Embracing flexibility in remote work

By Amy Laski
President and Founder, Felicity PR: Inspiring Communications

Before I founded Felicity PR, I worked at a couple of top PR agencies in Canada, followed by a big corporation. I had two kids while there, and when I was set to return from my second mat leave, I requested flexible work options. But I was told that they weren’t a flexible organization and that my job was full time. I could take it or leave it.

I decided to take my experiences both client and agency side, and create a virtual agency that would fulfill some of the shortcomings that I’d experienced as a client. At the same time, I wanted to enable others like me to do the work that they love, in a flexible way.

Few elements of work are entirely fixed. Most of the way that we work is out of habit or convention. As remote leaders, a huge key to success is challenging those conventions that are so deeply ingrained in us from all those years of working, living and seeing how society works.

Embracing flexibility means getting over roadblocks

Making flexibility happen successfully in remote work settings involves being aware of those roadblocks – oftentimes mental ones – so that organizations can achieve their goals while empowering team members to succeed in the way that suits them best. Here are some of the common roadblocks that I see come up:

Do you have to see an employee to believe that they’re actually working? This was a question I got all the time when I started my company nine years ago and would tell someone that my team was working remotely. They would always ask, “How do you know they’re working if you can’t see them?”

Roadblock 1: Seeing is Believing

Do you have to see an employee to believe that they’re actually working? This was a question I got all the time when I started my company nine years ago and would tell someone that my team was working remotely. They would always ask, “How do you know they’re working if you can’t see them?”

Believe me, when they hand in their work and the work is really great, I know they’ve been working. I might not know when or where they’ve been working, but all that really matters to me is that they got the work done well and on time.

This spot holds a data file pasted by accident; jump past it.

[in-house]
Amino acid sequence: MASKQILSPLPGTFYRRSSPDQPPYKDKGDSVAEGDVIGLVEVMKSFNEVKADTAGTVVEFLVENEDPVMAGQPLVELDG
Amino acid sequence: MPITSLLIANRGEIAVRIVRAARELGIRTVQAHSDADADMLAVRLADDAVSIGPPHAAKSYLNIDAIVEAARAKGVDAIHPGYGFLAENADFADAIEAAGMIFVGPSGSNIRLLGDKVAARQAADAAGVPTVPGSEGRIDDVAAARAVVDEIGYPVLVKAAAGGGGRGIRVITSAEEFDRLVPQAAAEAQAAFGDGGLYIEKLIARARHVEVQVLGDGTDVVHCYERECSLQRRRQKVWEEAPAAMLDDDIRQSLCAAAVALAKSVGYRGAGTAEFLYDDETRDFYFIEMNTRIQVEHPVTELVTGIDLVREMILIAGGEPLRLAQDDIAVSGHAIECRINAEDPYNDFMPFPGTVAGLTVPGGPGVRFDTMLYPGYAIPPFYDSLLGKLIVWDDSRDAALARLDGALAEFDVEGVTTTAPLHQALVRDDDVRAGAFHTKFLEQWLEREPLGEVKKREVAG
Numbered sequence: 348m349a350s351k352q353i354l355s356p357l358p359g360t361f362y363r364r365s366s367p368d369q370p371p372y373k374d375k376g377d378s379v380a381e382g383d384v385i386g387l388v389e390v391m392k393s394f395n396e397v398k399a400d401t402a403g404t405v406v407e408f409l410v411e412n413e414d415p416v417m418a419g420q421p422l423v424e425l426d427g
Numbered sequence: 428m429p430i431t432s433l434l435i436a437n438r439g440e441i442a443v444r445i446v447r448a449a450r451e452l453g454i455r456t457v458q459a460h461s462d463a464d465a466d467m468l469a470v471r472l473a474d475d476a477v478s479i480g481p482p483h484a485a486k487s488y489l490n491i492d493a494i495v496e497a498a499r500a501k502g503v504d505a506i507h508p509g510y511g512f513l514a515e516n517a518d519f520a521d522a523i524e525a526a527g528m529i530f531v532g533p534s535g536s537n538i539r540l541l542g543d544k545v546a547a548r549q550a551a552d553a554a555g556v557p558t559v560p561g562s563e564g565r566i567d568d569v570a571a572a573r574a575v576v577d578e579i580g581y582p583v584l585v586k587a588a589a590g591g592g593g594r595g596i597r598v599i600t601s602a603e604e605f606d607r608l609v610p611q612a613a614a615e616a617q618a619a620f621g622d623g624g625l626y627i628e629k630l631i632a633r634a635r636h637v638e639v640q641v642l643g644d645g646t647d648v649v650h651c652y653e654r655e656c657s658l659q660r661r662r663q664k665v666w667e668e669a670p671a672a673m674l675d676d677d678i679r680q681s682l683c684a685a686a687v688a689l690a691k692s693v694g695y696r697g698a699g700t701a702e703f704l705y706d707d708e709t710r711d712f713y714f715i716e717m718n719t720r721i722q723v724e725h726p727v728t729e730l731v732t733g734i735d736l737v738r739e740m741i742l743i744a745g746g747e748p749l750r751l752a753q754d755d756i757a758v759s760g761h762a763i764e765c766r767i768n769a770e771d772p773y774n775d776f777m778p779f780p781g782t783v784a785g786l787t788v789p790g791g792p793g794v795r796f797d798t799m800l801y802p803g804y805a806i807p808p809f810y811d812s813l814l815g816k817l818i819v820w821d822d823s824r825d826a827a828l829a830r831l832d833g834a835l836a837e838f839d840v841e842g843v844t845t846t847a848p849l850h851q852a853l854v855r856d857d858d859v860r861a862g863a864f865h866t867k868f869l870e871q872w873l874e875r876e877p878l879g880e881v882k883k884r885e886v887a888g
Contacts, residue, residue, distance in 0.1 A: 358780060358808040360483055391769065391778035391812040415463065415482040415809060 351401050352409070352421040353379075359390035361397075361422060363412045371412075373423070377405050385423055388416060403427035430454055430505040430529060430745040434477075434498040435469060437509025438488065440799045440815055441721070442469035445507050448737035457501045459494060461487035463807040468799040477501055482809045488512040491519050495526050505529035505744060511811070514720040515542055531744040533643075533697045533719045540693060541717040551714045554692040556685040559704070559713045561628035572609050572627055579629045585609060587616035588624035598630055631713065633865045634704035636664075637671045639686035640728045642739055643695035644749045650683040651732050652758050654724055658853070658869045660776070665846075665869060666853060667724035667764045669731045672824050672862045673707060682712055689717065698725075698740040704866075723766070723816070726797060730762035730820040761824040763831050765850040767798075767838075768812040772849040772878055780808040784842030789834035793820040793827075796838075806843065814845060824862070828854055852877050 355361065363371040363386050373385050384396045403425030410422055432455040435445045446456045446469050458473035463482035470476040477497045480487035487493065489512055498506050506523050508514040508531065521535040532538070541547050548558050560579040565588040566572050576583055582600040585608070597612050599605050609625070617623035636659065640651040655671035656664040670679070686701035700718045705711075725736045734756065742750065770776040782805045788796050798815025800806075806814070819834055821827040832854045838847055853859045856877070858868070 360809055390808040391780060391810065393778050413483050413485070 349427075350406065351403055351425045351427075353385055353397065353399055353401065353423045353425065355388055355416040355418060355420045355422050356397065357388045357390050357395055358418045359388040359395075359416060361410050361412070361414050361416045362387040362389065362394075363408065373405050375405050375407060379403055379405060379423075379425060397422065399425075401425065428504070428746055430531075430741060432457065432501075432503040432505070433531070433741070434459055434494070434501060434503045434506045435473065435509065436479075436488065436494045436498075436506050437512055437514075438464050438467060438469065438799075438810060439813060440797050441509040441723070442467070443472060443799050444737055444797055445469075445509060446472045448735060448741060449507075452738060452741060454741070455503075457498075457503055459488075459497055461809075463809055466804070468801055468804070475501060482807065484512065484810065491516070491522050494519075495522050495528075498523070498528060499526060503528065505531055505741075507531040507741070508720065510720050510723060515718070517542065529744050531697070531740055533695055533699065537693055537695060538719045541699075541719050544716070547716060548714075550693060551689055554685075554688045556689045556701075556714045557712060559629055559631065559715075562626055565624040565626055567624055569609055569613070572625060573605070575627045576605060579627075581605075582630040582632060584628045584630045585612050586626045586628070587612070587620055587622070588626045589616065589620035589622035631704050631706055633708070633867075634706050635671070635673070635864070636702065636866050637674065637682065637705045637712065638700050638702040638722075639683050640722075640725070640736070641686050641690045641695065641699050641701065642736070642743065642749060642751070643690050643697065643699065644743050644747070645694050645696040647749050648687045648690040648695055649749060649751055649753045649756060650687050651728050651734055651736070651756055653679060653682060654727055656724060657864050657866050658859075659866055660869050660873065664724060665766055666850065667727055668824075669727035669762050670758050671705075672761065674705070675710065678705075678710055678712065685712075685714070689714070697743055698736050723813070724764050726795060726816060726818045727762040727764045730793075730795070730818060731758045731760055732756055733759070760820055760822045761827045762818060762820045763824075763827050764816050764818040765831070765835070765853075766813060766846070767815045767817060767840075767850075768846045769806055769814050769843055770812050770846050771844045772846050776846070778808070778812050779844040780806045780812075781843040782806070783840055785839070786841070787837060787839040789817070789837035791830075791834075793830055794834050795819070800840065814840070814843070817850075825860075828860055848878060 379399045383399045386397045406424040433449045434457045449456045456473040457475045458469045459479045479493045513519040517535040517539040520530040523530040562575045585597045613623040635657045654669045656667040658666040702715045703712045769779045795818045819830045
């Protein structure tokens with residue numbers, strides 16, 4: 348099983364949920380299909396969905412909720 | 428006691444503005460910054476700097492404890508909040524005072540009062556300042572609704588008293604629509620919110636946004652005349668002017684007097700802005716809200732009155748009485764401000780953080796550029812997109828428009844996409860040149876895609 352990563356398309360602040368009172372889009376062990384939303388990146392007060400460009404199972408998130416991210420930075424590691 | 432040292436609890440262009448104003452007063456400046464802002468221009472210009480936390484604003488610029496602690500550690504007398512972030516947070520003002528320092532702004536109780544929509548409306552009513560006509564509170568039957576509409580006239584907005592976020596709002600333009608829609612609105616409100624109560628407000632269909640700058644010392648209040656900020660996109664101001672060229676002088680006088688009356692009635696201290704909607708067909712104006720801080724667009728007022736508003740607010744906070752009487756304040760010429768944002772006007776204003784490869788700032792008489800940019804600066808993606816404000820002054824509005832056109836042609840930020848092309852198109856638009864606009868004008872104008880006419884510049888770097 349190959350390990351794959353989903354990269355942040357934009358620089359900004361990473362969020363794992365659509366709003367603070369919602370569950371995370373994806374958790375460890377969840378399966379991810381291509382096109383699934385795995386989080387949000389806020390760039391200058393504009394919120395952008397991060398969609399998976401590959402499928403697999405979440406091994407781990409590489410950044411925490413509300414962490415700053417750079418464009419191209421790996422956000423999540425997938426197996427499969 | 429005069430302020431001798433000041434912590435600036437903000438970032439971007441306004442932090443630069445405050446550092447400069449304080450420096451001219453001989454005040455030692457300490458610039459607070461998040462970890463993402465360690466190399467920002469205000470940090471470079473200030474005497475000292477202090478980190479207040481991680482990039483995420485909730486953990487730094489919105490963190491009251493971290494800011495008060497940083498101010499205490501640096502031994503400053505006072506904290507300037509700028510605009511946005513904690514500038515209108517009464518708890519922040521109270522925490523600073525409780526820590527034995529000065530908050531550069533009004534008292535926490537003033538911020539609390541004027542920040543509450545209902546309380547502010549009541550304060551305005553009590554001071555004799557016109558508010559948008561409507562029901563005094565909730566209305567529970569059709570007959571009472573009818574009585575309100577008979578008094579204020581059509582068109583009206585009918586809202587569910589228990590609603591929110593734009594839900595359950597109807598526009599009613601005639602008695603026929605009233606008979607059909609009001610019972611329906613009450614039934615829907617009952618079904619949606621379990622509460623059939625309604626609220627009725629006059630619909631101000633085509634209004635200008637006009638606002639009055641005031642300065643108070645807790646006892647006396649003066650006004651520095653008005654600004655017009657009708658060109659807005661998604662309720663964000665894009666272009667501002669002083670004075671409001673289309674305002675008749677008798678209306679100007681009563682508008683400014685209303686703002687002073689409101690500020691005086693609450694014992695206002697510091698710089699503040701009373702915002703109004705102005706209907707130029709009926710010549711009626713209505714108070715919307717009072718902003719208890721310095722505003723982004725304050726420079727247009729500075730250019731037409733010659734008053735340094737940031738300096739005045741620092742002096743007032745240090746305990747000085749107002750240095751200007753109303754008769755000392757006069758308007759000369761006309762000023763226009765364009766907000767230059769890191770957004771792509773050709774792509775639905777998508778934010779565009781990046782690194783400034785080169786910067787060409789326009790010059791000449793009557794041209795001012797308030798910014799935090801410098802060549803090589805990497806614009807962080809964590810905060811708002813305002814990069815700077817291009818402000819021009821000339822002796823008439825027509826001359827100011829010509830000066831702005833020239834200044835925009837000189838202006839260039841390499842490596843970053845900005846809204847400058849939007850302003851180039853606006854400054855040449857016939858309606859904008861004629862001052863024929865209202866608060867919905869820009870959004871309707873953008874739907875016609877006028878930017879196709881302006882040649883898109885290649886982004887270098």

There are certainly many tasks that require collaboration in my business. When those come up, we make sure to line up our schedules to work together. When teams require more off-the-cuff interaction, you can set up different office hours where team members are working online synchronously.

Roadblock 2: False Productivity

By virtue of coming into a physical office, people tend to feel more productive. Going to an office for eight hours can make you feel like you’ve done something, even if you really haven’t. This is a false sense of productivity. In a remote setting, your perceived productivity is less clear when you work in the same place as where you woke up in the morning.

I recommend that leaders focus instead on results, instead of where, when and how work happens.

Time management and productivity expert Laura Vanderkam is one of my favourite authors and really supports the notion of managing by task, not time. For remote workers, what this can look like is setting a couple of ambitious goals each day or each week. Consider that workday or that work week a complete success when those goals got crossed off.

Roadblock 3: Busy work vs. productive work

What kind of work keeps you busy but not actually productive? Knocking off those new emails sitting in our inboxes can help us feel productive, but not actually get us moving toward our business goals. Identify the actual work you need to do to deliver results.

Roadblock 4: All or nothing

The notion that there is “work” on one hand and “life” on the other is outdated. Even if leaders wanted their people to check their life at the door, the reality is that life sometimes seeps into work, and vice versa. You do life at work, work at life.

I like to refer to it as a work-life integration. The pandemic has peeled back the curtains on our lives, and things aren’t going to go back to the way they were. As a leader, acknowledge that your people have lives and that they also can be good at their work. These aren’t mutually exclusive.

Can you identify with any of these roadblocks to flexibility as a leader or as an employee? Let us know in the comments.


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